Jules Kendall shares the sweet and savory at her blog, Pancakes and French Fries. She almost never writes about food. Instead, she focuses on her improving her health, decluttering and simplifying her home, and life with two loud boys and one quiet husband. She is the creator of The William Morris Project, a weekly series that encourages people to have nothing in their home they do not know to be useful or believe to be beautiful.
The hottest months of the year are upon us, which means it's time for a refresher course in "not cooking." This skill comes in handy when it's too hot or you're too tired to cook. Luckily, this lazy cooking style is also perfect for entertaining because set up is easy, the results are beautiful, and cleanup takes far less than a traditionally-prepared meal.
Where to Eat?
Anywhere! Inside or outside, formally or casually---what's important is that it works for your family. I always include is some kind of dining linen. It protects the table from all the plates and platters and makes clean up easier. I use a long runner when we eat at the dining room table and spread everything out. When we eat at our beat-up, old coffee table, I toss a tablecloth on top and tuck the extra material underneath. When we're done, I gather up the linens and toss them in the laundry room.
Tip! Go for busier patterns like florals, stripes, and checks to hide stubborn stains. Avoid solid tablecloths in navy and red if you serve items with a lot of oil--grease stains are a nightmare. If you're a fan of white, check the material before you buy. Make sure it's not synthetic and can be bleached, especially if you're someone who likse to bleach whites. Just because the fabric is white doesn't mean it's bleach-friendly!
Photo: Jules Kendall
How to Eat?
On appetizer plates! I love them, but I don't have many. In fact, I only have 4, one for each member of my family. If we were to have company over for this type of meal, I would have no problem investing in a set or two. My favorites are the ones where each plate is slightly different. This is a fun meal, so the plates should be fun, too. This is your chance to go a little crazy!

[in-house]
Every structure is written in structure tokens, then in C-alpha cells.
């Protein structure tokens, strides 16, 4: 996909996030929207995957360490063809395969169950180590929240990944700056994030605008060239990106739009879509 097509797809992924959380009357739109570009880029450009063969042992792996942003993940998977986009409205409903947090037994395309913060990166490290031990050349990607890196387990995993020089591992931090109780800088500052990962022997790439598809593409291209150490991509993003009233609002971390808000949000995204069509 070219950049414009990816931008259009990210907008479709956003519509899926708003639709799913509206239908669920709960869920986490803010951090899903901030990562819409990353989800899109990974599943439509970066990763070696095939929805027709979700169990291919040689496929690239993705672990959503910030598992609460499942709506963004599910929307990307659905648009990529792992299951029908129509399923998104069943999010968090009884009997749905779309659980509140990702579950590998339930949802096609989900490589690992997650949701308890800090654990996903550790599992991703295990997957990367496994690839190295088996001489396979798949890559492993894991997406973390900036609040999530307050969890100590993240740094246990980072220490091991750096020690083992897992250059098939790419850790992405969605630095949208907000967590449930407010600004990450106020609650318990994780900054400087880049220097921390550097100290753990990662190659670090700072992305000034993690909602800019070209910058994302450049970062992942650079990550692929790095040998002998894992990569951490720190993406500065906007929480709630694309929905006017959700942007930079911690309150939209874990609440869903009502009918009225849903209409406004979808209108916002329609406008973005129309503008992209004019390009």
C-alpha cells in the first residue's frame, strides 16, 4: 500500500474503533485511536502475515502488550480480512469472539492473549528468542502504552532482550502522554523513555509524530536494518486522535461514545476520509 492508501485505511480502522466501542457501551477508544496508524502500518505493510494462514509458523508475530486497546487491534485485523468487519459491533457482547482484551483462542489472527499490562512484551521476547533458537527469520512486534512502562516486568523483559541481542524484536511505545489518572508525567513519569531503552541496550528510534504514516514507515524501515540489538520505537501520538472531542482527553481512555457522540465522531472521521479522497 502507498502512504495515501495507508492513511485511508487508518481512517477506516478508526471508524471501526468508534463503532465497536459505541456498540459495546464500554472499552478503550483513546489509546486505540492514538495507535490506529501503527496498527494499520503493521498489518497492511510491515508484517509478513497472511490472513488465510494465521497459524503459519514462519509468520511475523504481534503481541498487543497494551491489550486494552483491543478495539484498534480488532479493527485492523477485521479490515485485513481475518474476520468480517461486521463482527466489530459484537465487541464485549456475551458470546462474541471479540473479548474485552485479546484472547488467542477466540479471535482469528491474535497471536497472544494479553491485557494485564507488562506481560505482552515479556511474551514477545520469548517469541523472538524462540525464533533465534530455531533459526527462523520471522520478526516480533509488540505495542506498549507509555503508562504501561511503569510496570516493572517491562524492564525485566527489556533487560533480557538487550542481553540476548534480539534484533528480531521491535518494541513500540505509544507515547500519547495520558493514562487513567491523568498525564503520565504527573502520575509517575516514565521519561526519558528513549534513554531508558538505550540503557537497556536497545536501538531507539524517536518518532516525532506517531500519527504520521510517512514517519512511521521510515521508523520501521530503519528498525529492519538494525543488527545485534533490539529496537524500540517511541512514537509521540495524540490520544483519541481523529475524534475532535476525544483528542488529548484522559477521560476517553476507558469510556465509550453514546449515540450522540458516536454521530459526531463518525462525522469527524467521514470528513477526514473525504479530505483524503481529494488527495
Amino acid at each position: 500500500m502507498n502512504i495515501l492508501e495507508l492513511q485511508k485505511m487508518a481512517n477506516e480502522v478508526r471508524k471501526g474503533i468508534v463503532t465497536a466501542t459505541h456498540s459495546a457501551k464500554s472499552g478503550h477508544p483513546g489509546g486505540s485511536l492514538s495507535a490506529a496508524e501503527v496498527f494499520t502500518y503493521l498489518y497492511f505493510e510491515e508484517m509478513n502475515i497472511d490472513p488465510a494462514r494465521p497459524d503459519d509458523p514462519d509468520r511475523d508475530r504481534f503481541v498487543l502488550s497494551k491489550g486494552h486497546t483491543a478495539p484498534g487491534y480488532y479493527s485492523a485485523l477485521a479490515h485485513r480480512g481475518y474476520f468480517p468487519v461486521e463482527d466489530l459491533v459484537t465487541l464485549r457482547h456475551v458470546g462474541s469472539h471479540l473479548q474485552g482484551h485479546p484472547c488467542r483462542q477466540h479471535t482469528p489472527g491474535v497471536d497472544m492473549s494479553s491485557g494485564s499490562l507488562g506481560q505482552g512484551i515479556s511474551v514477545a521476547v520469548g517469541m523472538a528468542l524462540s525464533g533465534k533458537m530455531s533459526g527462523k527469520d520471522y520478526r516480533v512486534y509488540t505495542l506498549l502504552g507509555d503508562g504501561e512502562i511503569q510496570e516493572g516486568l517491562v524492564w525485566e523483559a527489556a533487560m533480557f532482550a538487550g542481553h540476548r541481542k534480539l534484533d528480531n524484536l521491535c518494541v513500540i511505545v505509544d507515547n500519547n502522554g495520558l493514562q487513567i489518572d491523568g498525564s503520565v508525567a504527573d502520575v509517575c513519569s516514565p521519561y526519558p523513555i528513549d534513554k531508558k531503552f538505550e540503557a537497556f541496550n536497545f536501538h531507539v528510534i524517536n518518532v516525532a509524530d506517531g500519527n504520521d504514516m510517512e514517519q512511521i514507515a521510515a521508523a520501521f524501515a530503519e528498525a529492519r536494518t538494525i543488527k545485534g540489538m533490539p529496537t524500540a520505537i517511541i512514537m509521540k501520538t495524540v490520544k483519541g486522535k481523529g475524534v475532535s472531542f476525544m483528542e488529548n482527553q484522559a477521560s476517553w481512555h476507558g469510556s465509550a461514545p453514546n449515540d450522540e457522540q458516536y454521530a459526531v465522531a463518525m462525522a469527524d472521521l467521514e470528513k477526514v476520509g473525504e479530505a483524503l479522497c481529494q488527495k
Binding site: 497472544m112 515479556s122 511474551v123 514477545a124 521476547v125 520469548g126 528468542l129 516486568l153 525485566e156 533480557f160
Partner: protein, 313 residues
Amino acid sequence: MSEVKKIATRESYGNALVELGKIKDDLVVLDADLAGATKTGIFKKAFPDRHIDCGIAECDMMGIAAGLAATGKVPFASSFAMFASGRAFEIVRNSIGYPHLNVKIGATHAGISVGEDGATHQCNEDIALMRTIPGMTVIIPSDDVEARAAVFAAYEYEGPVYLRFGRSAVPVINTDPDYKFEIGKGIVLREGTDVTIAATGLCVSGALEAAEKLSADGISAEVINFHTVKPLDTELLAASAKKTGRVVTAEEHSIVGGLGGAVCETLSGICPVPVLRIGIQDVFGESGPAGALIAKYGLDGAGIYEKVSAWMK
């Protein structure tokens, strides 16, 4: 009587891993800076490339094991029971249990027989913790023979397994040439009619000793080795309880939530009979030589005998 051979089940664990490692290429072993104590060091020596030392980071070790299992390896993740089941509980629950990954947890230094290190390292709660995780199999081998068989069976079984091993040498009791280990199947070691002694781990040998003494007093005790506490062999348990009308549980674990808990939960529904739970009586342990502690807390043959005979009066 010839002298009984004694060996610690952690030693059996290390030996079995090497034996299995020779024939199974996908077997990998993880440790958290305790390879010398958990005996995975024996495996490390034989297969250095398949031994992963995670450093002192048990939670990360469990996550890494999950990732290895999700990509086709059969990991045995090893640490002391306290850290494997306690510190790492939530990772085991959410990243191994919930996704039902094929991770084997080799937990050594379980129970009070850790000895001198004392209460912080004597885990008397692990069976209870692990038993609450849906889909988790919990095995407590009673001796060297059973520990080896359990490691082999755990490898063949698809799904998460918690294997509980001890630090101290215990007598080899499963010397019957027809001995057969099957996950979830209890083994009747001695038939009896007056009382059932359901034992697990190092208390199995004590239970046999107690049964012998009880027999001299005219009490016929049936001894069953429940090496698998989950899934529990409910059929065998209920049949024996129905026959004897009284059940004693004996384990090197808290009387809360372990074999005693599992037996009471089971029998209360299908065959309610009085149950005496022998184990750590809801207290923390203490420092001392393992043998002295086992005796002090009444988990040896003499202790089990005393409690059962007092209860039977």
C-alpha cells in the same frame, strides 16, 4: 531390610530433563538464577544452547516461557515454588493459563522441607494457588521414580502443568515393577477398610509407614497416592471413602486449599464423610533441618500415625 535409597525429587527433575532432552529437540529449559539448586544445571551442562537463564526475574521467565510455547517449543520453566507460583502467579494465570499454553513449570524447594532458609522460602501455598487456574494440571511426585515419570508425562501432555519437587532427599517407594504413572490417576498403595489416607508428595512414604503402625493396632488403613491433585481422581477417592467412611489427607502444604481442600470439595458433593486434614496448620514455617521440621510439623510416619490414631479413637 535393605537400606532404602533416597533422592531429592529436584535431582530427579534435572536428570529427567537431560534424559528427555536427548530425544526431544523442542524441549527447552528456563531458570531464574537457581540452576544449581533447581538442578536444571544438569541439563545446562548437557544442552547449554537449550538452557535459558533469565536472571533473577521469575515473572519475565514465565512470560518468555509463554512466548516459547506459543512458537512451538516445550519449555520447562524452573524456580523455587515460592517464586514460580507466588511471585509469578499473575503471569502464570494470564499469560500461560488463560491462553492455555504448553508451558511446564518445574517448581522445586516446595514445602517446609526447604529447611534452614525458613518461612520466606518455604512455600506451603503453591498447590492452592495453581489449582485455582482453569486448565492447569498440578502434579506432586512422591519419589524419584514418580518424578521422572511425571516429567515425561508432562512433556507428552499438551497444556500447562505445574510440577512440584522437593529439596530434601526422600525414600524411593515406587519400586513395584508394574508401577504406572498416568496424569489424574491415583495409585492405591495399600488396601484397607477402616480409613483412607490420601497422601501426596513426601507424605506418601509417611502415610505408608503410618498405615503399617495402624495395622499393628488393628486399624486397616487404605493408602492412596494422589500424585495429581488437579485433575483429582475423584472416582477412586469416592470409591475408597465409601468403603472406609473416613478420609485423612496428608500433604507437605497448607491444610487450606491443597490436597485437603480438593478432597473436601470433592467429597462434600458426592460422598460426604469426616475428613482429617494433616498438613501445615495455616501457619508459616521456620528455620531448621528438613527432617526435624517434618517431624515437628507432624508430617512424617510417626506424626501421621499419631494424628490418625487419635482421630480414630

As for serveware, here are a few indispensible items I recommend for a no-cook meal:
Buy the biggest tray you can find that isn't metal. Stick with ceramics, if possible. It's perfect for fruit, sandwiches, salads, and anything else you'll serve for a large crowd.
Buy at least one divided platter as they are perfect for holding nibbles.
Skip the single use items. Instead of an olive boat, buy a rectangle platter that comes with three bowls. You don't need to use all three bowls, at least not on the platter. Use the platter and one bowl for carrots and hummus (like I did the other night). Use the other bowls on the table to hold nuts and olives.
If space is at a premium, a tiered serving tray is nice to have--but only if you think you'll get plenty of use from it and you have the storage space.
Tip! Aside from the tiered serving tray (I don't own one because I don't have the storage space), I prefer flat platters, dishes, and trays with no or low lips. They are easy to stack and take up very little room in a cupboard when organized well.
Photo: Jules Kendall
What to Eat?
Whatever you want! I try to hit all of the important tastes and senses: sweet, sour, crunchy, creamy, rough, smooth, mild, and savory. It sounds like a lot, but some foods, such as pickles, will hit more than one. I toss in a vegetable or two. Sometimes, if it's not boiling outside, I'll include one hot appetizer from the frozen food section that I can pop in the oven. (For some people it's not dinner unless there's something warm to eat.)
There are two schools of thought on how complicated to make these meals and I'm in the "do less" camp. I buy my carrots prewashed, my cheese precut (except brie, that's gross), and my cookies premade. I make my own guacamole, but that's where I draw the line.